a ritual for Queer Ancestors lost to AIDS

Instructions: This text is a spell. To participate in this ritual, prepare your imagination to hold space for the absence of loss, the emptiness of what-never-existed, and the sorrow of what-could-have-been. Remember that your body is the perfect instrument for this purpose. As you read to this text out loud, [1] follow the instructions with your mind; try to remember the images that flow from your perceptions. When you have completed the spell, interpret the images in your mind by manifesting them into any art form. 

Spell: Think of an artwork that changed your life; now imagine it never existed.

These strings are my sadness; I am binding them to my survival.

AIDS left behind the empty space where lifetimes of artwork went undone.

 Imagine the empty museums and galleries where this work should be starting conversations and inspiring another generation of artists, artists like you and me. 

Imagine the silence left behind from unsung songs we cannot hear, songs we can’t sing together. 

Imagine the loneliness left behind because that one artwork never effectively communicated this simple notion: you are not alone. 

Imagine the new ways we never learned to see, the ways culture was never transformed, the lives never saved or the lives never altered by encounters with these unknown visions. 

We should be making and writing and playing and experimenting with ideas from all that missing art, but we are not.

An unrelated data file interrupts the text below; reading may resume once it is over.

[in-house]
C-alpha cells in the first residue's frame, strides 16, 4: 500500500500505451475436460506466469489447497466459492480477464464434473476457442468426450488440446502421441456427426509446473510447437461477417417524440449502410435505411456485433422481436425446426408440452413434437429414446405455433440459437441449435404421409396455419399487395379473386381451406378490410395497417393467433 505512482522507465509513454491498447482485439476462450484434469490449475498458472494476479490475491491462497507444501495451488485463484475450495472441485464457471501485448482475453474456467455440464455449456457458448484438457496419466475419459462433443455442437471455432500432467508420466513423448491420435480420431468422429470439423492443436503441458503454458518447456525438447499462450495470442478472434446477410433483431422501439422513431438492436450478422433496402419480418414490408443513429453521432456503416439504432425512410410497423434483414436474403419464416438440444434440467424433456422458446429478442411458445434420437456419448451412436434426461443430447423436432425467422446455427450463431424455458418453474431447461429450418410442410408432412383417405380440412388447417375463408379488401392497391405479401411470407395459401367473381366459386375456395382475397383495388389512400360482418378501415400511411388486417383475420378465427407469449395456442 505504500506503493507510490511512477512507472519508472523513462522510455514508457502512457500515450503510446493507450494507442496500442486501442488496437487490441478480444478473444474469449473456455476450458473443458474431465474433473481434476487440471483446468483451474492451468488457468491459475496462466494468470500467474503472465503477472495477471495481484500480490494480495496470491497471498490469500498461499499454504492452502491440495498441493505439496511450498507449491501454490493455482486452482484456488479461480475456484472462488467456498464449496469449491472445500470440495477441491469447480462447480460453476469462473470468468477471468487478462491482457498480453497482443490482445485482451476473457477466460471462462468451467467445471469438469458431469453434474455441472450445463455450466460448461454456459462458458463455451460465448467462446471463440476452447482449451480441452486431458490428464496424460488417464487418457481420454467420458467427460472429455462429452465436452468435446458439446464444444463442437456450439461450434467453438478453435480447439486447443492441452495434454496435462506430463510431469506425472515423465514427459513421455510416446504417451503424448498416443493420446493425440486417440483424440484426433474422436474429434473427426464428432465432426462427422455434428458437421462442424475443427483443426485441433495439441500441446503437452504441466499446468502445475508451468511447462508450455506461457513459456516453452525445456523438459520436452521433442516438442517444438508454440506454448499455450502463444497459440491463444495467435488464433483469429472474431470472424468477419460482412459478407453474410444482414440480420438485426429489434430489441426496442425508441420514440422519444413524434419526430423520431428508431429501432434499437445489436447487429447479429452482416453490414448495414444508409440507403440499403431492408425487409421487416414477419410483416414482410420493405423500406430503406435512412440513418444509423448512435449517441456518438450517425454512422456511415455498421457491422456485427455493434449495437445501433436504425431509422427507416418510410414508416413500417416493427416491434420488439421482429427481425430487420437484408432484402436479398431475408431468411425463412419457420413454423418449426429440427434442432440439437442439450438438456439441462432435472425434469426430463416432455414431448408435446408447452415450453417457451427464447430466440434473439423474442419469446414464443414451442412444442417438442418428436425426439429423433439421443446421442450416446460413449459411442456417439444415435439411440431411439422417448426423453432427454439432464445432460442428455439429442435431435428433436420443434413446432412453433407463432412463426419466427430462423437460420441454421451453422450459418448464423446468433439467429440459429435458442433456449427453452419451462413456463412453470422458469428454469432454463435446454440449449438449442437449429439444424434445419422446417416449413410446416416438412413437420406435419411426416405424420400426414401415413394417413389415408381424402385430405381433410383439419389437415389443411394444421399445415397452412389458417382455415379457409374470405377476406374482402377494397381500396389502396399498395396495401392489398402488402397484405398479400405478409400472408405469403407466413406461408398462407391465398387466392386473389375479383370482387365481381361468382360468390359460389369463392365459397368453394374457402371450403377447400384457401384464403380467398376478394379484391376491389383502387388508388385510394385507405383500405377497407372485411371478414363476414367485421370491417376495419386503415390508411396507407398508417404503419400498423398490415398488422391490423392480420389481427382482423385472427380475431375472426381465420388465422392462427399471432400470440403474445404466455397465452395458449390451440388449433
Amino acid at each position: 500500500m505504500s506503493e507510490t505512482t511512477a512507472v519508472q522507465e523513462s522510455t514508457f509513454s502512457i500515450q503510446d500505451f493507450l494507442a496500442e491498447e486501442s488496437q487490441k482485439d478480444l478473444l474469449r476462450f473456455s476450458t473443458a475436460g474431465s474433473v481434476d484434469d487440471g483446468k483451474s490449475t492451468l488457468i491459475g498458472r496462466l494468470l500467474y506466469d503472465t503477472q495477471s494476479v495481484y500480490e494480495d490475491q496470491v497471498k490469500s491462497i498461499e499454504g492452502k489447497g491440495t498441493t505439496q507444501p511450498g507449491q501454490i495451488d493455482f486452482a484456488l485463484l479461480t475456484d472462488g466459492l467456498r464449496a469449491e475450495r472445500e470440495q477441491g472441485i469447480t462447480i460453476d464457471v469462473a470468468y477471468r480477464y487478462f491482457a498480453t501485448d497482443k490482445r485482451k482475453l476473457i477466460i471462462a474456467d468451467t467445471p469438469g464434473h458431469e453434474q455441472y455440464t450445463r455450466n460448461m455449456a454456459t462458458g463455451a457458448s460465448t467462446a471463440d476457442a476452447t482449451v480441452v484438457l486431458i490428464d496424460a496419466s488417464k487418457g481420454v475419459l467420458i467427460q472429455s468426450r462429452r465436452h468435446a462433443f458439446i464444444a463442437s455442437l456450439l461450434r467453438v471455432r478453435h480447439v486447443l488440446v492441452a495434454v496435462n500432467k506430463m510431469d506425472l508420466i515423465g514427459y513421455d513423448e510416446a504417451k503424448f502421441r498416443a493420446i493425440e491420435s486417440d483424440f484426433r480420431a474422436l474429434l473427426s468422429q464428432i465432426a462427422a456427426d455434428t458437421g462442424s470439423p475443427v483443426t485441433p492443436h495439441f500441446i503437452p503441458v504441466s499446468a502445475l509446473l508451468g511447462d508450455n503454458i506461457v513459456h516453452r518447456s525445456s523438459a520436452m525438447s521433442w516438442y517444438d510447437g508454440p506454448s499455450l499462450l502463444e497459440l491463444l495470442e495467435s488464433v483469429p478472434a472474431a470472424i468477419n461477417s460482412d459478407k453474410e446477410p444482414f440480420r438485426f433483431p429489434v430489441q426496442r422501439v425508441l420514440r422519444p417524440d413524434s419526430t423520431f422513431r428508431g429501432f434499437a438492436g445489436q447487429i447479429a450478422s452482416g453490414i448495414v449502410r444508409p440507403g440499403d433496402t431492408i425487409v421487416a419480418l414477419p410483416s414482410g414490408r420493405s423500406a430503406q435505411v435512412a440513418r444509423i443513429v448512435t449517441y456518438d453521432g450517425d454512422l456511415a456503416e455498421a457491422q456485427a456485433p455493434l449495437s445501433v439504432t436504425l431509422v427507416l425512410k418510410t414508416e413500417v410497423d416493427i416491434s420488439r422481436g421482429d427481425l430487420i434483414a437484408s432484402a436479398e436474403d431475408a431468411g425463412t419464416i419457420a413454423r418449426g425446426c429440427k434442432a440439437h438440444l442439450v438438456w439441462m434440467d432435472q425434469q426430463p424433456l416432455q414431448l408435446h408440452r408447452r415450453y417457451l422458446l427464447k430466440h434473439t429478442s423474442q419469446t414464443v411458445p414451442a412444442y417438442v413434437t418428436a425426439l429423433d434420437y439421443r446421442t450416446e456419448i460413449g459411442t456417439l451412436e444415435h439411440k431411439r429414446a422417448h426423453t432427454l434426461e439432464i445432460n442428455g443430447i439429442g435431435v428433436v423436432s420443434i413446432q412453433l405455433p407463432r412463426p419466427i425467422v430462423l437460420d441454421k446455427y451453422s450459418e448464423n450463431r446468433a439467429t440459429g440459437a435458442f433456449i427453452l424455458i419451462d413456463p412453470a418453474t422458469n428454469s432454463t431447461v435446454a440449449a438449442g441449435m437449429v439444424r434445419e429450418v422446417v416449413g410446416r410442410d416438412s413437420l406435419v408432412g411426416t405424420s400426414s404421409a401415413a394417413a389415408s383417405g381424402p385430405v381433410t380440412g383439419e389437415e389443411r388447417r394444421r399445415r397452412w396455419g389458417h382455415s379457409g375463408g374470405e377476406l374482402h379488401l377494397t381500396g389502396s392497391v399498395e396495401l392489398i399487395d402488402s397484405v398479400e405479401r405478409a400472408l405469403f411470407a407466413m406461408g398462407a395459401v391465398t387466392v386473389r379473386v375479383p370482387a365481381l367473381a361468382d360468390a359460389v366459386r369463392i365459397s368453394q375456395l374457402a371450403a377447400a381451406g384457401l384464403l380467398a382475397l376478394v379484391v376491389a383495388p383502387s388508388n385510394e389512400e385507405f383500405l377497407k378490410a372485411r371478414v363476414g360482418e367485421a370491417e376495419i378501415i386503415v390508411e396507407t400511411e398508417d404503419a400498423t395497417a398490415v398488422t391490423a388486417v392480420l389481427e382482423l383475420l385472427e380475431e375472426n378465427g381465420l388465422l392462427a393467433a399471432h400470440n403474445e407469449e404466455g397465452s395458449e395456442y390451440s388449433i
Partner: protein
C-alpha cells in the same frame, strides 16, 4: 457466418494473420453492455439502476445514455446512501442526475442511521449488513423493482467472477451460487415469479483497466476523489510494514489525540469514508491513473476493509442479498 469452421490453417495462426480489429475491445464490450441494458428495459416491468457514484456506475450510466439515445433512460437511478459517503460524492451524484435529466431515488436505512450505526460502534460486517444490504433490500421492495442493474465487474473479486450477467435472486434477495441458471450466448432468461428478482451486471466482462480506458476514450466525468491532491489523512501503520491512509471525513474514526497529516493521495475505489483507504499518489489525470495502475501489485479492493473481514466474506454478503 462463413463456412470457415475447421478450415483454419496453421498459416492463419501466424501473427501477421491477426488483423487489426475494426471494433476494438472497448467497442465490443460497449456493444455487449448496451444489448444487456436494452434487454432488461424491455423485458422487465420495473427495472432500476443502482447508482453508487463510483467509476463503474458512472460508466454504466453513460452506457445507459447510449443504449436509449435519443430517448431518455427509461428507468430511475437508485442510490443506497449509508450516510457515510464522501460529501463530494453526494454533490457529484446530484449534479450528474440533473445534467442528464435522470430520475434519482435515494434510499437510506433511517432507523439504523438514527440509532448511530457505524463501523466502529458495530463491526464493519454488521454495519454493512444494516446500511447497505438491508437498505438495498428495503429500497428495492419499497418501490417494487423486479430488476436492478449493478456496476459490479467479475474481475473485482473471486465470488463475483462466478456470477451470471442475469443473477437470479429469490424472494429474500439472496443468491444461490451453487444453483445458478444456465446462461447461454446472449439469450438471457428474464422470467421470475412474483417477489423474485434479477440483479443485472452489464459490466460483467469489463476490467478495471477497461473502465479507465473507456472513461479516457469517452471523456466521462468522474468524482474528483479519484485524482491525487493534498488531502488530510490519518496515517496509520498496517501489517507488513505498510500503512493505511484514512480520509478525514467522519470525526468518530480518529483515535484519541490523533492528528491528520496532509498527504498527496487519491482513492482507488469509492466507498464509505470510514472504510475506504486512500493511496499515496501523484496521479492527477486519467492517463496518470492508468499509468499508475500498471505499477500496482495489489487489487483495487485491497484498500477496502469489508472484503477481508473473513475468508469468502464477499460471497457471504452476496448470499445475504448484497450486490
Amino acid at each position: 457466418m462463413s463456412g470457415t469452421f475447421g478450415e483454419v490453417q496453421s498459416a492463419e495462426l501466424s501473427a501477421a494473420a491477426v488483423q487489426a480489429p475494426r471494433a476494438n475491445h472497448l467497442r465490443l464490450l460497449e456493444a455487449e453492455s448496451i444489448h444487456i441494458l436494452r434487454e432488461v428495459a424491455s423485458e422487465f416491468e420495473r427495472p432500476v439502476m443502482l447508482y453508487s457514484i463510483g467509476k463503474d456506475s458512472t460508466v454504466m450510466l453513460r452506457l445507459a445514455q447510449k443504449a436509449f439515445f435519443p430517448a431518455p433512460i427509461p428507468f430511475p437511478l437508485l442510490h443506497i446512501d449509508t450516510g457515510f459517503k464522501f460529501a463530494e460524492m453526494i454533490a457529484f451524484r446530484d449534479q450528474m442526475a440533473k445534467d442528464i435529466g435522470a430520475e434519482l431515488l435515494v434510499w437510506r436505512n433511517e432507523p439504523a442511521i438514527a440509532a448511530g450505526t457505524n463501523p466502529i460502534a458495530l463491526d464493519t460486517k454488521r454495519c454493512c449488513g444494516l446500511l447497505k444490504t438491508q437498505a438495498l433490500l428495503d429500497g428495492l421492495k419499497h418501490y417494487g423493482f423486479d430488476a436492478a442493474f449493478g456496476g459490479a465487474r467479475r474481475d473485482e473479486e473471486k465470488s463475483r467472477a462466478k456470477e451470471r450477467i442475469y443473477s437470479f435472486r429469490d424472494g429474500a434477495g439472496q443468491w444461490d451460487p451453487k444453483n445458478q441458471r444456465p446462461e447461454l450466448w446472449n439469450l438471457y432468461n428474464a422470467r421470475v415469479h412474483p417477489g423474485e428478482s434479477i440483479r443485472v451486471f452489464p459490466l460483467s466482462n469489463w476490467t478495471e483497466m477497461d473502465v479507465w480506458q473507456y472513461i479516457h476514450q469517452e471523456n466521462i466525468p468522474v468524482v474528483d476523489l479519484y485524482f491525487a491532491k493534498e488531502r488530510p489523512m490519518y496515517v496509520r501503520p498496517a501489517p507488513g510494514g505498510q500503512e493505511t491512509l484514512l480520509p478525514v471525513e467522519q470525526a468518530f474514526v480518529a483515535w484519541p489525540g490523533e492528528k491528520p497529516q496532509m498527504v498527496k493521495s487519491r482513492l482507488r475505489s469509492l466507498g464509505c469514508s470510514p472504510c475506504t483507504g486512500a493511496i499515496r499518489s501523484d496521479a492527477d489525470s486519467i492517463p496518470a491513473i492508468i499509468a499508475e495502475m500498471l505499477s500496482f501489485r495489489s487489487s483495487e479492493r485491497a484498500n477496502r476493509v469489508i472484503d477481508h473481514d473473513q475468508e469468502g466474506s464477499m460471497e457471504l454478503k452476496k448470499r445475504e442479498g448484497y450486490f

These artists, these silenced voices, when they leave the world of the living they do not stop making their arts; when they join the world of the ancestors, they need our fingers and our feet and our eyes and our hearts to make what they left unmade.

I am weaving what remains into these burial shrouds, strings bound to strings tied to cloth dripping with tears of loss and dripping with tears of losses unknown. The bodies, these books, the bodies leftover, the scant remains, the traces, the edges of a vision unrealized. What remains is the empty space where the unknown work never existed.

We carry the burden. We carry the responsibility. We carry the sadness. We carry the joy. We carry the celebration. Our bodies, given briefly, must carry on the work that went undone. These ancestors know our secret purpose on earth. They will reveal it to us; all we have to do is ask. [2]



[1] Espinoza has prepared a visual and audio recording of this spell, available at: 

[2] This ritual was created as a video for the Vicki Myhren Gallery at the University of Denver, presented on December 1, 2020 in observance of World AIDS Day.

Kameron Ackerman, Plush Armor, 2020, Collage on paper

Electric Plush

Kameron Ackerman

On Halloween afternoon, 2009, I was running around doing last minute things like my head was cut off. Our inaugural variety show was kicking off that night, at the local community space that had just opened up. One of the many things I realized I’d overlooked was figuring out how to hook up a boombox to the PA system. I burst into a Radio Shack without the slightest idea of where to look, but also with a strong aversion to talking to anyone working there. I called my mom. My brother, Tom, was around too—mom put the call on speakerphone.

“I need a jack or an adapter or something, to get my boombox plugged in to a PA.” My mom had always helped me rig up my stereo equipment amidst many moves, and Tom had played bass in a bunch of bands; I hoped the two of them together could figure this out for me.

“OK,” Tom cut in, “you’d need a 1/8 inch jack on the boombox end, and then a 1/4 inch to plug into the PA.”

“OK so, I’m seeing those. There are a bunch of kinds though.”

“Get one that’s male on both ends.” 

“What do you mean?”

“Male. Like, it’s protruding out, right? Instead of female, which would get plugged into.”

“I don’t get that.”

“Uhhh, so, the male is what’s getting put in…”

“No, I get that! It’s just, I don’t get why it’s called ‘male’ and ‘female.’ Is that for real?!”